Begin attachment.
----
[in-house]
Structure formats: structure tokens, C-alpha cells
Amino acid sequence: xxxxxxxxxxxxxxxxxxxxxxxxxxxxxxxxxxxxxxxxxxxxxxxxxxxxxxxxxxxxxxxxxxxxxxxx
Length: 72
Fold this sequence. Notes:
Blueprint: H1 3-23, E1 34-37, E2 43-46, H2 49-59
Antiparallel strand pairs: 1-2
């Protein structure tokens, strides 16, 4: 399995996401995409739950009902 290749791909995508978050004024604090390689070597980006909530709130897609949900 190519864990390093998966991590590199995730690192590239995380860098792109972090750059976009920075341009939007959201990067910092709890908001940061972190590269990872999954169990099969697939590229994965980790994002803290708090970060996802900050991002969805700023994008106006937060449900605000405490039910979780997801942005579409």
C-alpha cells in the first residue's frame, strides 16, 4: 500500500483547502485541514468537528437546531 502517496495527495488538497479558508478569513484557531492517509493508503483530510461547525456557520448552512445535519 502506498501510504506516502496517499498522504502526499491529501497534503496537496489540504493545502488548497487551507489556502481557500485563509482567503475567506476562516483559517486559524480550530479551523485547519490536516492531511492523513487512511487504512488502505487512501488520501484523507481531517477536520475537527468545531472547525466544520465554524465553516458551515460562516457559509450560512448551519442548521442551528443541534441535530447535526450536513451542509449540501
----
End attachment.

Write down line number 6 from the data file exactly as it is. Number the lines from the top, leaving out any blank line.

Blueprint: H1 3-23, E1 34-37, E2 43-46, H2 49-59